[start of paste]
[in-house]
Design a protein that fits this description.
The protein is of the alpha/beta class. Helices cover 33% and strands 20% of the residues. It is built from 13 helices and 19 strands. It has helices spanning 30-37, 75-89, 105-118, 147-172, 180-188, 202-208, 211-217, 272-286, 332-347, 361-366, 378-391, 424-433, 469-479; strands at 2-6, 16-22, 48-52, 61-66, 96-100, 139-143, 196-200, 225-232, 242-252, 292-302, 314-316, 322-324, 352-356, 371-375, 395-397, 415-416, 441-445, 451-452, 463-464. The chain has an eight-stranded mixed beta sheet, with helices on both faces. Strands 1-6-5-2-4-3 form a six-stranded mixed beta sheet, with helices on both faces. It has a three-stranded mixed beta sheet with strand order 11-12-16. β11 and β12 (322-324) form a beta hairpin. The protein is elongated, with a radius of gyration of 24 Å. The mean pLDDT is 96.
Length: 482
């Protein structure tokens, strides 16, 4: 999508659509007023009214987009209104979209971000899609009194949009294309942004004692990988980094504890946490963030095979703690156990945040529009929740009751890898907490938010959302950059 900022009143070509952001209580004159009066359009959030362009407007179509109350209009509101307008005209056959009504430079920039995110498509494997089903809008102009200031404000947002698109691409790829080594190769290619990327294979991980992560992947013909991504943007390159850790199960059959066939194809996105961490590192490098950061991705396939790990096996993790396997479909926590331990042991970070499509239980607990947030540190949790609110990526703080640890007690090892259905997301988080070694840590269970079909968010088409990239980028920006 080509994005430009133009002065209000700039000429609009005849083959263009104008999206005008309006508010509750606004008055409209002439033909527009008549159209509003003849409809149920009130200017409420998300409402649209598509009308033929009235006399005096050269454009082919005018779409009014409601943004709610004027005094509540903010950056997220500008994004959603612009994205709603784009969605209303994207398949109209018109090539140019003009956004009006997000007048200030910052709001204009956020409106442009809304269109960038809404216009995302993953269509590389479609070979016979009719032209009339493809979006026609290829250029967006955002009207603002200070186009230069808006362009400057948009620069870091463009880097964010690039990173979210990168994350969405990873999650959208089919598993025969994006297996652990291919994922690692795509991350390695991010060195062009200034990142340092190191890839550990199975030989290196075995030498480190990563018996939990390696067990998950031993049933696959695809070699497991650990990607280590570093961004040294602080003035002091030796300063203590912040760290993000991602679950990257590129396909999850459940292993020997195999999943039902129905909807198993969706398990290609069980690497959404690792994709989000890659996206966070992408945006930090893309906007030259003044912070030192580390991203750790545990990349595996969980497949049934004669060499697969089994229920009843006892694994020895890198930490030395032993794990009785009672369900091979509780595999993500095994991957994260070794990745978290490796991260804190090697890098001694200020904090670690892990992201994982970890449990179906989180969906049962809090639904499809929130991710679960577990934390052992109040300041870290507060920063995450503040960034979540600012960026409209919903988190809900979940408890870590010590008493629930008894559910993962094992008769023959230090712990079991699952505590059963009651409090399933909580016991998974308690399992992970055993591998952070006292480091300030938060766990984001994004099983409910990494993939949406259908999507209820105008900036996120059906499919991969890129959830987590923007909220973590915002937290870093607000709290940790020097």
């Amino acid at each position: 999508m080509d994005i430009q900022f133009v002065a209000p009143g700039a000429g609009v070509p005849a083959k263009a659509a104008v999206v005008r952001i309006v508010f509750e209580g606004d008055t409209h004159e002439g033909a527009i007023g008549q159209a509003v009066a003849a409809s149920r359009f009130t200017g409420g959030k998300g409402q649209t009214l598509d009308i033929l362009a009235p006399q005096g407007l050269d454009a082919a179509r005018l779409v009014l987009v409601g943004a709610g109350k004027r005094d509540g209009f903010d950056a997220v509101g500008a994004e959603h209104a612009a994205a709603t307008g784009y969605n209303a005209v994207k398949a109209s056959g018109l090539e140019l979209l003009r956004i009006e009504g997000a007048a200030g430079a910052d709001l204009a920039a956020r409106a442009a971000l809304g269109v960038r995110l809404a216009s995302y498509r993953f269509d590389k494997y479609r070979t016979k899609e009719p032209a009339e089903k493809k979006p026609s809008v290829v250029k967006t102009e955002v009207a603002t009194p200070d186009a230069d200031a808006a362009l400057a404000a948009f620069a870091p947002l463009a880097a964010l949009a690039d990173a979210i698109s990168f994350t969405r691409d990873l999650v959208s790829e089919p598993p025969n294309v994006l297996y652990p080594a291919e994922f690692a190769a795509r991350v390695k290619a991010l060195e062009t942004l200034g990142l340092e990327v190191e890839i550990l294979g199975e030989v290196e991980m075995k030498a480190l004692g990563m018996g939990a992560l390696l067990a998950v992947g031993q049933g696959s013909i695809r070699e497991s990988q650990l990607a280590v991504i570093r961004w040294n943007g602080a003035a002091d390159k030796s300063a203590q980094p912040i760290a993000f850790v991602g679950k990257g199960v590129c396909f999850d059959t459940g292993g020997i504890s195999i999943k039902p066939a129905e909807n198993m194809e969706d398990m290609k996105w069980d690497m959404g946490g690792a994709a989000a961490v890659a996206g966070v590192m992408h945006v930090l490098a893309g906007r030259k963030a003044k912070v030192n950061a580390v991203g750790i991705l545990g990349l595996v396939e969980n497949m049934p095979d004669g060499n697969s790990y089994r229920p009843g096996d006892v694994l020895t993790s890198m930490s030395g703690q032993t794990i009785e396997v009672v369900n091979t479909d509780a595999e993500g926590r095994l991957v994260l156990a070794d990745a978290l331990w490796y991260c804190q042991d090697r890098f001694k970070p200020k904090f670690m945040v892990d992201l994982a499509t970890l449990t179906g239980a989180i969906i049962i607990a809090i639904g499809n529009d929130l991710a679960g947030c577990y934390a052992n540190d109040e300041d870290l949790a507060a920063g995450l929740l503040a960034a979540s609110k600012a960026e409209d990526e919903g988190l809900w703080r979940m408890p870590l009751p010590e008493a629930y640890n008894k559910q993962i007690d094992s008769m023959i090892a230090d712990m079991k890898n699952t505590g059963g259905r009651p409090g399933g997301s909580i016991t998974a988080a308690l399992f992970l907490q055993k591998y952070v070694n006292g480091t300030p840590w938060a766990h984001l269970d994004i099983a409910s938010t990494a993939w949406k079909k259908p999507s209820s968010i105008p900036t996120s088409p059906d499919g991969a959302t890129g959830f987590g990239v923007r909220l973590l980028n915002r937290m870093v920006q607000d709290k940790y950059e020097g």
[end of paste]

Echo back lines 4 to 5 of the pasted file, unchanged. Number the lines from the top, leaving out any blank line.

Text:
Length: 482
């Protein structure tokens, strides 16, 4: 999508659509007023009214987009209104979209971000899609009194949009294309942004004692990988980094504890946490963030095979703690156990945040529009929740009751890898907490938010959302950059 900022009143070509952001209580004159009066359009959030362009407007179509109350209009509101307008005209056959009504430079920039995110498509494997089903809008102009200031404000947002698109691409790829080594190769290619990327294979991980992560992947013909991504943007390159850790199960059959066939194809996105961490590192490098950061991705396939790990096996993790396997479909926590331990042991970070499509239980607990947030540190949790609110990526703080640890007690090892259905997301988080070694840590269970079909968010088409990239980028920006 080509994005430009133009002065209000700039000429609009005849083959263009104008999206005008309006508010509750606004008055409209002439033909527009008549159209509003003849409809149920009130200017409420998300409402649209598509009308033929009235006399005096050269454009082919005018779409009014409601943004709610004027005094509540903010950056997220500008994004959603612009994205709603784009969605209303994207398949109209018109090539140019003009956004009006997000007048200030910052709001204009956020409106442009809304269109960038809404216009995302993953269509590389479609070979016979009719032209009339493809979006026609290829250029967006955002009207603002200070186009230069808006362009400057948009620069870091463009880097964010690039990173979210990168994350969405990873999650959208089919598993025969994006297996652990291919994922690692795509991350390695991010060195062009200034990142340092190191890839550990199975030989290196075995030498480190990563018996939990390696067990998950031993049933696959695809070699497991650990990607280590570093961004040294602080003035002091030796300063203590912040760290993000991602679950990257590129396909999850459940292993020997195999999943039902129905909807198993969706398990290609069980690497959404690792994709989000890659996206966070992408945006930090893309906007030259003044912070030192580390991203750790545990990349595996969980497949049934004669060499697969089994229920009843006892694994020895890198930490030395032993794990009785009672369900091979509780595999993500095994991957994260070794990745978290490796991260804190090697890098001694200020904090670690892990992201994982970890449990179906989180969906049962809090639904499809929130991710679960577990934390052992109040300041870290507060920063995450503040960034979540600012960026409209919903988190809900979940408890870590010590008493629930008894559910993962094992008769023959230090712990079991699952505590059963009651409090399933909580016991998974308690399992992970055993591998952070006292480091300030938060766990984001994004099983409910990494993939949406259908999507209820105008900036996120059906499919991969890129959830987590923007909220973590915002937290870093607000709290940790020097």